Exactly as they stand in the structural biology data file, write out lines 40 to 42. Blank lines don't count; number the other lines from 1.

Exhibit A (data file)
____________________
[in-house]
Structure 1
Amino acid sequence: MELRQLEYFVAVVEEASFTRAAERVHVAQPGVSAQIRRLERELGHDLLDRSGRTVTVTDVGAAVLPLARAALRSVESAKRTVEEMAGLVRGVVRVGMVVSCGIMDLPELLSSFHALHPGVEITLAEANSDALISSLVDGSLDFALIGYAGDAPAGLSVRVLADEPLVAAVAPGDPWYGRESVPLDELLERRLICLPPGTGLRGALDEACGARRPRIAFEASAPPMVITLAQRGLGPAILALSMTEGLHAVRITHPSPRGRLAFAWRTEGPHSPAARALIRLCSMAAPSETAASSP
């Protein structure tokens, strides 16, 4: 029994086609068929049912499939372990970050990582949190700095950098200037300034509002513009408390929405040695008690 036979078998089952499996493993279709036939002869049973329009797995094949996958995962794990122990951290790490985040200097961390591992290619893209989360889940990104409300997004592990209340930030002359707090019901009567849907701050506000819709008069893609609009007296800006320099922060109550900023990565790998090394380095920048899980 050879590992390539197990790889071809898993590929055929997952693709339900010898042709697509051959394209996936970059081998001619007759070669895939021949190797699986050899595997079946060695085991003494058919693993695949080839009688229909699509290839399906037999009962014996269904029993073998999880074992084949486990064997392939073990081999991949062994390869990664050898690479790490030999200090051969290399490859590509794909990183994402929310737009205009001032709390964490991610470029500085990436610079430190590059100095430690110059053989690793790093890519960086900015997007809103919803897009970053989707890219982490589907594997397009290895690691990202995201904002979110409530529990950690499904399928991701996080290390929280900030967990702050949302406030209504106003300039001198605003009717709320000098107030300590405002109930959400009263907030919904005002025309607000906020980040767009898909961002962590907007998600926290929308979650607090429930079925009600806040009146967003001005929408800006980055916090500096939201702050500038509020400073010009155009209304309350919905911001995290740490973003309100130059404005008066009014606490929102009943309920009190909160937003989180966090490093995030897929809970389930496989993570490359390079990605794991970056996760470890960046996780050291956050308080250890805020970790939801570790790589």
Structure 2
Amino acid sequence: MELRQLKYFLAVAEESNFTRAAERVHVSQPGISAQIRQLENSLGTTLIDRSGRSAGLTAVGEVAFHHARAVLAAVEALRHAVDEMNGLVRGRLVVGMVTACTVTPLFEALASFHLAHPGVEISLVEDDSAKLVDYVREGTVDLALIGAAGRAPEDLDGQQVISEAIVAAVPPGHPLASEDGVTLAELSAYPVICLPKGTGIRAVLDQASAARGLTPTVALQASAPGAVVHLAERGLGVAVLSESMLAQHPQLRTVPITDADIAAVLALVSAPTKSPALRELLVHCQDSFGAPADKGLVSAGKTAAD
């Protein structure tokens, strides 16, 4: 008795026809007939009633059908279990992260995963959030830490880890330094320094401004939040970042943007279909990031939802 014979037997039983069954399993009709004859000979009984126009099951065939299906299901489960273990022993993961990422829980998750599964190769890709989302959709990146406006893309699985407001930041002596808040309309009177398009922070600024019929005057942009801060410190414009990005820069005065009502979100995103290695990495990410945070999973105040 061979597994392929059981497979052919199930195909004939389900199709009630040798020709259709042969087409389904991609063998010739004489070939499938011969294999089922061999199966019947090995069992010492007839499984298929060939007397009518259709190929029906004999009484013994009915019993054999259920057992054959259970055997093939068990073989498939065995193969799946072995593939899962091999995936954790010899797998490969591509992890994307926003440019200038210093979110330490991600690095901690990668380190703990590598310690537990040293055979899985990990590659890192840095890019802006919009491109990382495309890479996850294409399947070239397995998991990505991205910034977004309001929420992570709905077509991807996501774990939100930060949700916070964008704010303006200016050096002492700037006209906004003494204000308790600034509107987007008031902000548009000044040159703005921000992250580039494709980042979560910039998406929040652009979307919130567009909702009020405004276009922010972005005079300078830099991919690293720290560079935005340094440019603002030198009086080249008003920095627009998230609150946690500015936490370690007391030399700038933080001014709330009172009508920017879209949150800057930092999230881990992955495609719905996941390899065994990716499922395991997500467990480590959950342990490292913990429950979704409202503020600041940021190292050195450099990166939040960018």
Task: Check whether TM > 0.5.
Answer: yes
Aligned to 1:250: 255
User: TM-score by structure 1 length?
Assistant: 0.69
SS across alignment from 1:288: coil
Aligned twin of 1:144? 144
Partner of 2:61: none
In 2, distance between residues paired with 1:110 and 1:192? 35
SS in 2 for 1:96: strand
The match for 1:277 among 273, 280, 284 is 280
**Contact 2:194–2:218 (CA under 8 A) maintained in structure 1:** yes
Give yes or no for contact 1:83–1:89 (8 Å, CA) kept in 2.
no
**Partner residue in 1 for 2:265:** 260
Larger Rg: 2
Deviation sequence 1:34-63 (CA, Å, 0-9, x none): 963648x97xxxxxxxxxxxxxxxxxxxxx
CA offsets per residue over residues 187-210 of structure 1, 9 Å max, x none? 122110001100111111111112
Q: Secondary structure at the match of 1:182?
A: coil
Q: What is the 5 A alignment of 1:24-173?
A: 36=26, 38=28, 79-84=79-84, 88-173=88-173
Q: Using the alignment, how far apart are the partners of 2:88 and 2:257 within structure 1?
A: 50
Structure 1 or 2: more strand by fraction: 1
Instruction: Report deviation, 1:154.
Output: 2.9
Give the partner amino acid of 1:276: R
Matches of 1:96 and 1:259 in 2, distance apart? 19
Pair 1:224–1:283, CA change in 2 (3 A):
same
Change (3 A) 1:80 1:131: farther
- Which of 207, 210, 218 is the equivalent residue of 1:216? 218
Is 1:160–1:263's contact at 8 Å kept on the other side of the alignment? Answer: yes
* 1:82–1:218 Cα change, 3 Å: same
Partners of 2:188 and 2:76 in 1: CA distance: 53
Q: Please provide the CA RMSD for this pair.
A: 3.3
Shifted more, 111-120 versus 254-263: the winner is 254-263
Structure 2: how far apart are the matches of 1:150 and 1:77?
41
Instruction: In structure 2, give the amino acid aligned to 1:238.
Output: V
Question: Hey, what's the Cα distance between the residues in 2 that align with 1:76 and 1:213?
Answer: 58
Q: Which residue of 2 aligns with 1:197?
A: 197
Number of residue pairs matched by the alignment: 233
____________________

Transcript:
- Which of 207, 210, 218 is the equivalent residue of 1:216? 218
Is 1:160–1:263's contact at 8 Å kept on the other side of the alignment? Answer: yes
* 1:82–1:218 Cα change, 3 Å: same